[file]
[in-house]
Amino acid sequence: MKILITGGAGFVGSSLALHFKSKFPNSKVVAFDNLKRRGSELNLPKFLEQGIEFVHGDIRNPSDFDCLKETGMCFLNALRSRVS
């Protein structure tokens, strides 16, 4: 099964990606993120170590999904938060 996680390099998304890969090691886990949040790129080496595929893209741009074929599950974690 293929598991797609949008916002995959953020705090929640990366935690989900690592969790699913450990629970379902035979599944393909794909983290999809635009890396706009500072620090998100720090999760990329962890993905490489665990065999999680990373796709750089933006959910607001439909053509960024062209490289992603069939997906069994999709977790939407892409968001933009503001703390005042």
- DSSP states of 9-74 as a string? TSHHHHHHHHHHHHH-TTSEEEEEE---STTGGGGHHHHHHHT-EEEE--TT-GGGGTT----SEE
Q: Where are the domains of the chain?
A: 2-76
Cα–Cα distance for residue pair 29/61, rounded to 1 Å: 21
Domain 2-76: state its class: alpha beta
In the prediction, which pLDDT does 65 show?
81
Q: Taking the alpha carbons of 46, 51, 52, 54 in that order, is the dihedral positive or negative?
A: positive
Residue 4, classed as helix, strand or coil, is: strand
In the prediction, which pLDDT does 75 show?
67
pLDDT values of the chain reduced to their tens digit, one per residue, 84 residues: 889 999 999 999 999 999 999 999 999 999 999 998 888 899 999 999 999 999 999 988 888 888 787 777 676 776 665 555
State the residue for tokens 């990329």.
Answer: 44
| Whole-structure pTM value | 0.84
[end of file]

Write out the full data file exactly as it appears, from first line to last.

[in-house]
Amino acid sequence: MKILITGGAGFVGSSLALHFKSKFPNSKVVAFDNLKRRGSELNLPKFLEQGIEFVHGDIRNPSDFDCLKETGMCFLNALRSRVS
């Protein structure tokens, strides 16, 4: 099964990606993120170590999904938060 996680390099998304890969090691886990949040790129080496595929893209741009074929599950974690 293929598991797609949008916002995959953020705090929640990366935690989900690592969790699913450990629970379902035979599944393909794909983290999809635009890396706009500072620090998100720090999760990329962890993905490489665990065999999680990373796709750089933006959910607001439909053509960024062209490289992603069939997906069994999709977790939407892409968001933009503001703390005042």
- DSSP states of 9-74 as a string? TSHHHHHHHHHHHHH-TTSEEEEEE---STTGGGGHHHHHHHT-EEEE--TT-GGGGTT----SEE
Q: Where are the domains of the chain?
A: 2-76
Cα–Cα distance for residue pair 29/61, rounded to 1 Å: 21
Domain 2-76: state its class: alpha beta
In the prediction, which pLDDT does 65 show?
81
Q: Taking the alpha carbons of 46, 51, 52, 54 in that order, is the dihedral positive or negative?
A: positive
Residue 4, classed as helix, strand or coil, is: strand
In the prediction, which pLDDT does 75 show?
67
pLDDT values of the chain reduced to their tens digit, one per residue, 84 residues: 889 999 999 999 999 999 999 999 999 999 999 998 888 899 999 999 999 999 999 988 888 888 787 777 676 776 665 555
State the residue for tokens 């990329």.
Answer: 44
| Whole-structure pTM value | 0.84